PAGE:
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Inside Washington (04/15/2011)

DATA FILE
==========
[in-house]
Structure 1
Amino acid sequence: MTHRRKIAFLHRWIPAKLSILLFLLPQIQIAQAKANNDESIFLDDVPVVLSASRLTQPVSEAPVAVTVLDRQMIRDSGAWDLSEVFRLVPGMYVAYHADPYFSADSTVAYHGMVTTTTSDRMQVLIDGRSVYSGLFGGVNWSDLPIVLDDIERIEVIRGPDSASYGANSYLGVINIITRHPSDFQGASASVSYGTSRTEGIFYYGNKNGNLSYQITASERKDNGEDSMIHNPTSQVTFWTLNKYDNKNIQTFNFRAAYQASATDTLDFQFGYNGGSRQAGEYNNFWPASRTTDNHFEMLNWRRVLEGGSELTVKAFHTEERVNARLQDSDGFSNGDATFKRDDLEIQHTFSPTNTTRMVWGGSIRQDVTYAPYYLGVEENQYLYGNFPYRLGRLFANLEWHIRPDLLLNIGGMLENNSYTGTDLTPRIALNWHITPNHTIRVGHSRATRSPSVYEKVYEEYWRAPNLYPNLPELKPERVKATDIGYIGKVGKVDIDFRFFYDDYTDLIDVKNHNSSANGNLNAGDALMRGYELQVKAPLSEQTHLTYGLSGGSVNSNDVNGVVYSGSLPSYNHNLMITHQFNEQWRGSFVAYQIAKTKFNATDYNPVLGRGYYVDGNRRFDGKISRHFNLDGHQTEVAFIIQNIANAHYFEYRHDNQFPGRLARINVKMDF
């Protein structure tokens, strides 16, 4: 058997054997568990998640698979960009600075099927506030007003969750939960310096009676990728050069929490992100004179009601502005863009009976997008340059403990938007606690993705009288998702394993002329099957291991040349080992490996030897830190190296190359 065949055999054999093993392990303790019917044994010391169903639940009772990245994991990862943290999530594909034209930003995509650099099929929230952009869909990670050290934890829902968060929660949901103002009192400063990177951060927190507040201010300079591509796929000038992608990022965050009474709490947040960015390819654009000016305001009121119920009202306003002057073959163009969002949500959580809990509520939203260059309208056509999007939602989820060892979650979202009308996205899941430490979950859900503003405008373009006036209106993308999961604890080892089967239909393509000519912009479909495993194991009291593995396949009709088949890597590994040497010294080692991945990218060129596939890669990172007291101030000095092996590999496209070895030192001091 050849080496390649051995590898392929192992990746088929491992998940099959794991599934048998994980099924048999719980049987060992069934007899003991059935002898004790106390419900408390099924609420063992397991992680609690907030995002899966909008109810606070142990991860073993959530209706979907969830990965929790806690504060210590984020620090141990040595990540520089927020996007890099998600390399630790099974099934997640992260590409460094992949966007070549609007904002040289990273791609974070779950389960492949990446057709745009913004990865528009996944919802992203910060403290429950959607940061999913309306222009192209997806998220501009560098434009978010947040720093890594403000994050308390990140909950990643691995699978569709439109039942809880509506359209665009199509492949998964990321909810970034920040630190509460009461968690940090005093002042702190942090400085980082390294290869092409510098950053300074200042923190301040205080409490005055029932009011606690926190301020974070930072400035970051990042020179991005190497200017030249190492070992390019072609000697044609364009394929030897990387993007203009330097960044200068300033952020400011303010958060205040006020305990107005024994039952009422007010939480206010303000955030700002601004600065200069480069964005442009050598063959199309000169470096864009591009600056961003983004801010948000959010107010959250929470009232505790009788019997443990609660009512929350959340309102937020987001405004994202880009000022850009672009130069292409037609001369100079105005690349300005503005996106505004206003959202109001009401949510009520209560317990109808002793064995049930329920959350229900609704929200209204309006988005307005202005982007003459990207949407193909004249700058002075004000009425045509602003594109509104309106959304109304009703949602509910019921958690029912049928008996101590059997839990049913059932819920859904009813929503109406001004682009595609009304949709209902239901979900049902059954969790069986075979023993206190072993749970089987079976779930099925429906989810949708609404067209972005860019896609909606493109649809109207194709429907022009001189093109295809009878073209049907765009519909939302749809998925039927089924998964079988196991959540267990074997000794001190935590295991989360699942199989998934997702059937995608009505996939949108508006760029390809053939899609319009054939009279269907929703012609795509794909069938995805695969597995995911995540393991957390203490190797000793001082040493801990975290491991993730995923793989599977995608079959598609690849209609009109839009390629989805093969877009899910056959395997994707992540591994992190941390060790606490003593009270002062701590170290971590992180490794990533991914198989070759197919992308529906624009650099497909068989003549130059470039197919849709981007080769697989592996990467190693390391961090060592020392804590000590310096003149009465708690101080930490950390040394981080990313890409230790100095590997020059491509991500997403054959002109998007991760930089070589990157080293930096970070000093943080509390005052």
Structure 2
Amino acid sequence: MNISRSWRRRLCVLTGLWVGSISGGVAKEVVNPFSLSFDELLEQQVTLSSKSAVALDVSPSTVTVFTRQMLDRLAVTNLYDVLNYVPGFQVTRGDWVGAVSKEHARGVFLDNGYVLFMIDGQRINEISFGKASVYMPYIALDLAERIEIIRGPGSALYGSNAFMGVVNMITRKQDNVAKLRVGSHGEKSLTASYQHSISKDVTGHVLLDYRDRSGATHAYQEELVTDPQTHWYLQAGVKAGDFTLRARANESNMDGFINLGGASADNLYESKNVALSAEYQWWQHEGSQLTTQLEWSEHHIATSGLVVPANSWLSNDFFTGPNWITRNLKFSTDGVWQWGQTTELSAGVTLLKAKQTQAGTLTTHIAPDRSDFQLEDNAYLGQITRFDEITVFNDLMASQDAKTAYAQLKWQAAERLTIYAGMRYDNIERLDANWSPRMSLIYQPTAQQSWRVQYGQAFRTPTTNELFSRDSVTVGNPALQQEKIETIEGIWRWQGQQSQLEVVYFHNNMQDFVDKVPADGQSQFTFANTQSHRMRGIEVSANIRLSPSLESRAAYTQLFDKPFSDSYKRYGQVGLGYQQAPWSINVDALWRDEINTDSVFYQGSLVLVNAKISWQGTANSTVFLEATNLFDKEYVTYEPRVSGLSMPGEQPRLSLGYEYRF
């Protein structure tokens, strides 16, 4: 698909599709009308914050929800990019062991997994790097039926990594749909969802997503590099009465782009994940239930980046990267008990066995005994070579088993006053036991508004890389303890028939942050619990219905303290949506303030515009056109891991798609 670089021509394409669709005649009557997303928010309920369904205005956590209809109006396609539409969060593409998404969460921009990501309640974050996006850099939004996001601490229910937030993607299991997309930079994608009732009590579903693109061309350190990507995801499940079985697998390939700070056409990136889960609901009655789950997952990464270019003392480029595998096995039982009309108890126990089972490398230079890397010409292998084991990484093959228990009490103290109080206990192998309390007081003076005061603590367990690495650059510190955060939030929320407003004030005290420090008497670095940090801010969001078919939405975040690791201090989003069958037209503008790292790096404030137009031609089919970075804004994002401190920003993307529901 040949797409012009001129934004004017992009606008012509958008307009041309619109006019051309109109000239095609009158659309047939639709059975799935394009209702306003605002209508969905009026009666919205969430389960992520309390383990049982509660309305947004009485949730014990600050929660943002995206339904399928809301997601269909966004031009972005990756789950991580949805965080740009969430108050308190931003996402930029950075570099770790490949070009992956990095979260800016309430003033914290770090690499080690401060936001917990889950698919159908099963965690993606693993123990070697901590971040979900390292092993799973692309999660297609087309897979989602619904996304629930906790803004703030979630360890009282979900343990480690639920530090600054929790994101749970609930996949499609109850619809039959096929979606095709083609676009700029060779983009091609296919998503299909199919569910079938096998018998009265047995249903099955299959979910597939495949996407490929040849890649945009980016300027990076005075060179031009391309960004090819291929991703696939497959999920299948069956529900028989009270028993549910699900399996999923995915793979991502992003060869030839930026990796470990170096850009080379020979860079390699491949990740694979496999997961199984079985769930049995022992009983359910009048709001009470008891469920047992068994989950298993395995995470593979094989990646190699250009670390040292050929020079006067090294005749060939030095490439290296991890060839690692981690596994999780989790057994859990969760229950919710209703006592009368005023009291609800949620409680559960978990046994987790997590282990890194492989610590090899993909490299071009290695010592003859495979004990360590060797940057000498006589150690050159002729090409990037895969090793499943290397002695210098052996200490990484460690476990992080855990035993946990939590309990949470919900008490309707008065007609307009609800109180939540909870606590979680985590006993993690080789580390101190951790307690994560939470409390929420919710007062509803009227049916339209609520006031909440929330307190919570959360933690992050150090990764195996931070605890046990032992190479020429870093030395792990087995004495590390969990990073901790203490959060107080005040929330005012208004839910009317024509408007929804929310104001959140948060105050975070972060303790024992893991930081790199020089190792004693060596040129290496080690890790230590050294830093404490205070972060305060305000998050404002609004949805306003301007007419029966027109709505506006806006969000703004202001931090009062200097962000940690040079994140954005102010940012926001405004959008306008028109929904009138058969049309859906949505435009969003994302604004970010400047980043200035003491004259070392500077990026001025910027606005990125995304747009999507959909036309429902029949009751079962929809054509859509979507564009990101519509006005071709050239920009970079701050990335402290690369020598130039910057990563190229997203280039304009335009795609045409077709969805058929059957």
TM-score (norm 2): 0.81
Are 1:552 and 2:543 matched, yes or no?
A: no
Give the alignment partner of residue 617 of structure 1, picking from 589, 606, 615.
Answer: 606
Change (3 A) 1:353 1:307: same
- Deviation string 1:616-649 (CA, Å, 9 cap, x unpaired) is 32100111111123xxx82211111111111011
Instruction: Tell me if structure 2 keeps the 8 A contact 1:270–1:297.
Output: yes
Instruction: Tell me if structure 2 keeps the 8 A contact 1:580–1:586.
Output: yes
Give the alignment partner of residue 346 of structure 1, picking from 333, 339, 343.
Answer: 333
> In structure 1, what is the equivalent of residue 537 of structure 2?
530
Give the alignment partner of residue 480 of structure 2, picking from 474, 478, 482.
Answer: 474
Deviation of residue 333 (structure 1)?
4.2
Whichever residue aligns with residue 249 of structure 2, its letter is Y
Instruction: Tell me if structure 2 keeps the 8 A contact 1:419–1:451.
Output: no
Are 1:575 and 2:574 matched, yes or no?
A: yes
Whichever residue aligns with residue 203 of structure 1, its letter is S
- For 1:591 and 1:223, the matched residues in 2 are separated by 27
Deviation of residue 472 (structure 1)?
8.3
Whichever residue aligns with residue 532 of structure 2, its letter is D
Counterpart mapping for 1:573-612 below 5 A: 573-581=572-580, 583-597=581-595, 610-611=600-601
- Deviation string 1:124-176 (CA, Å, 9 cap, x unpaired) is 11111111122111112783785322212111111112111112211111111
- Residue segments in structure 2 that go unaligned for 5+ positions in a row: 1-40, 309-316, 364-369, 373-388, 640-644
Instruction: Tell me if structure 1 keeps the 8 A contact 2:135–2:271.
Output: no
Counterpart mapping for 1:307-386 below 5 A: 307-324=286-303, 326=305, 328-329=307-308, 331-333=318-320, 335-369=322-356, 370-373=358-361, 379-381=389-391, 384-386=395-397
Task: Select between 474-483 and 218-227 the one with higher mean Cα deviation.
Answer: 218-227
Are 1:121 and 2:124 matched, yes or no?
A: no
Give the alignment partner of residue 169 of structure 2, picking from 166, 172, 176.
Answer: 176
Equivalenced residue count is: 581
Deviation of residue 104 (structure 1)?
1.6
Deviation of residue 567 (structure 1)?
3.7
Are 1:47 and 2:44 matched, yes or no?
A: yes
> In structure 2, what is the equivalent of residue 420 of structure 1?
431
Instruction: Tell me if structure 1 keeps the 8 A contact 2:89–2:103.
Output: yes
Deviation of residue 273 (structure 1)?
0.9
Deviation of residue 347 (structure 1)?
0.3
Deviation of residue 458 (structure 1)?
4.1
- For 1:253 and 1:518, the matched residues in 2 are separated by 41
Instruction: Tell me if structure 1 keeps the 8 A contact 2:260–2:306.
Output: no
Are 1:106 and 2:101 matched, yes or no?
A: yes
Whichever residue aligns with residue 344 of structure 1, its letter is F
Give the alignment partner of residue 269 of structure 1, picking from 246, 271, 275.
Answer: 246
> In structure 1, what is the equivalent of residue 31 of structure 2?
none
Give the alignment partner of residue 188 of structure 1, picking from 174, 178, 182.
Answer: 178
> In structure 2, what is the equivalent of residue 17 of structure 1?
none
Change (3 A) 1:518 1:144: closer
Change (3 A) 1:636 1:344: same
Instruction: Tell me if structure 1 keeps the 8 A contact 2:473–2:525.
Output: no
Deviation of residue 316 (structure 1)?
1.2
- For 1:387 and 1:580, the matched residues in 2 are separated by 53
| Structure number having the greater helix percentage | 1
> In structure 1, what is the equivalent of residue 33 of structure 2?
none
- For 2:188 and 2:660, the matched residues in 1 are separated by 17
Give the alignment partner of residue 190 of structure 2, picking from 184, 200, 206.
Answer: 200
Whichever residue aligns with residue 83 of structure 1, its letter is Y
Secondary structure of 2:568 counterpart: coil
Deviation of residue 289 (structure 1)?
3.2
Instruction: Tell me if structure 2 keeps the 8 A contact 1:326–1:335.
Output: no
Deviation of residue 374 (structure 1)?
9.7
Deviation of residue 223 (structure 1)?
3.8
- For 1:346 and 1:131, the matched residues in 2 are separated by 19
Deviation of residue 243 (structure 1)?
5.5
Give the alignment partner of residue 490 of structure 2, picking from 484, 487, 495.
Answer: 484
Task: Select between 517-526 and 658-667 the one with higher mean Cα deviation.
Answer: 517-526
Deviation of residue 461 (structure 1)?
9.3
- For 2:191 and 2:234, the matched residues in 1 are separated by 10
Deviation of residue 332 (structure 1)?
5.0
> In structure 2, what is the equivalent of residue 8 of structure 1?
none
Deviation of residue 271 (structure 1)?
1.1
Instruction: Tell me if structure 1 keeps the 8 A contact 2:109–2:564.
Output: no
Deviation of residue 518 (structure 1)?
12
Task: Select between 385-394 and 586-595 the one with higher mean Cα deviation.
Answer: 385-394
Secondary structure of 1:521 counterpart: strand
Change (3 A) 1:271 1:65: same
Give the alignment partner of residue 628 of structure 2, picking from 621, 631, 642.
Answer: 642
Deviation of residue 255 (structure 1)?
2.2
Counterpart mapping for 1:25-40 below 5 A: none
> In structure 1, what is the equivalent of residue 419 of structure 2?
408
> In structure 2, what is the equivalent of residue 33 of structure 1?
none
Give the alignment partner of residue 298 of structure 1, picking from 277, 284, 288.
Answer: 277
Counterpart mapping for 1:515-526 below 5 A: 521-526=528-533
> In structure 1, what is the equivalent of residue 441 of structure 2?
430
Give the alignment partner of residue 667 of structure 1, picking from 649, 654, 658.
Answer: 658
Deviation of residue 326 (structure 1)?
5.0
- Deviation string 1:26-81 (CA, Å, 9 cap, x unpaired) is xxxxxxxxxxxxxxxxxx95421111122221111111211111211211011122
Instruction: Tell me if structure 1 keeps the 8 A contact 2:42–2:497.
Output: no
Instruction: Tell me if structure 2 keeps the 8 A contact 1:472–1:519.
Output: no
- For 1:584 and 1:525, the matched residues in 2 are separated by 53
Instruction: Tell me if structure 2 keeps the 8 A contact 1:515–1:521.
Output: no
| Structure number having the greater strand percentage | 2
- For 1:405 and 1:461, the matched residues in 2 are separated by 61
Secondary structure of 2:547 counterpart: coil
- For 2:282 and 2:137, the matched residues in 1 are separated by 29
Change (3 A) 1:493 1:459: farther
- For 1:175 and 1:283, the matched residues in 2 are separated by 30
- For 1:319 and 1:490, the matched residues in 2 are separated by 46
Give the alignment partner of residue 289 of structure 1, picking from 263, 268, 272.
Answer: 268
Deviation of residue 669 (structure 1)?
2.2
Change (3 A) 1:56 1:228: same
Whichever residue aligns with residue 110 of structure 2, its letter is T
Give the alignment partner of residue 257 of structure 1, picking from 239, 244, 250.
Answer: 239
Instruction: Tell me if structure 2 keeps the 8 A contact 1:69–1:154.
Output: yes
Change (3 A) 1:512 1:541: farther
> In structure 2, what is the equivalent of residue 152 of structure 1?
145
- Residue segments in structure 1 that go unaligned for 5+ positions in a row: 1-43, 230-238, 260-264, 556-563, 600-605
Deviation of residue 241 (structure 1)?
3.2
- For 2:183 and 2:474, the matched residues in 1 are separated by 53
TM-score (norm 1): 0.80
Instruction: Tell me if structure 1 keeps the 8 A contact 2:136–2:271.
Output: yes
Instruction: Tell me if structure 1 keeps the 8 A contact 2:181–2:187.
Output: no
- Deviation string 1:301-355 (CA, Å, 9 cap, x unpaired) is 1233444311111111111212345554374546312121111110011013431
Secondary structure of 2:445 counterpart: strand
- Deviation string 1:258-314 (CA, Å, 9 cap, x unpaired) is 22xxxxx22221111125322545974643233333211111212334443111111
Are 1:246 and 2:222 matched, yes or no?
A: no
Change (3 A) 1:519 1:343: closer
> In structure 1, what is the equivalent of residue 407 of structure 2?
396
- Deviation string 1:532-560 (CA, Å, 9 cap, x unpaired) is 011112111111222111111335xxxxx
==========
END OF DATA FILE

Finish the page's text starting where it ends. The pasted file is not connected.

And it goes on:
* WASHINGTON (4/18/11)--Lawmakers last week were critical of the risk-retention proposal made by regulators, saying it will provide fewer consumers opportunities to purchase homes (American Banker April 15). Members of the House Financial Services capital markets subcommittee said the proposal’s definition of “qualifying residential mortgages” (QRMs)--which are exempt from the risk-retention requirements but must meet strict underwriting criteria, including a 20% down payment by borrowers--could be a loss of access to credit consumers. Some said community banks would not be able to offer non-QRM mortgages, leaving the market dominated by the biggest banks. Other areas of contention were the inclusion of limited servicing standards in the risk-retention plan and an exemption for government-sponsored enterprises while they are in conservatorship. Regulators say the QRMs represent only a small slice of the market. Fannie Mae and Freddie Mac are exempt because they offer a 100% credit guarantee for any loans they purchase, and retain them when the loans are sold as mortgage-backed securities … * WASHINGTON (4/18/11)--Acting Comptroller of the Currency John Walsh Thursday defended bank regulators for moving forward with enforcement action against the 14 largest mortgage servicers even while several of those banks continue to negotiate with state attorneys general and other federal agencies (American Banker April 15). Some observers say the enforcement actions will help the services gain leverage in ongoing negotiations. But Walsh said the regulators’ actions are not in conflict with those negotiations. “My hope is that our enforcement actions will establish a framework, and the actions that state law enforcement officials and the other federal agencies may take will be complementary to, and consistent with, what we are doing,” he said. “This is a messy process, and it will take time to put things right. There may be misunderstandings and disagreements along the way” … * WASHINGTON (4/18/11)--Members of both political parties on Thursday criticized the Financial Stability Oversight Council for a lack of details on designating financial institutions as systemically important as outlined in the Dodd-Frank Act (American Banker April 15). Randy Neugebauer (R-Texas), the chairman of the House Financial Services oversight subcommittee, said the council’s guidance lacked transparency and was little more than a word-for-word restatement of Dodd-Frank’s language. The council has released two proposals outlining the process for designating nonbank financial companies as systemically important, but neither provided details of regulators’ plans …


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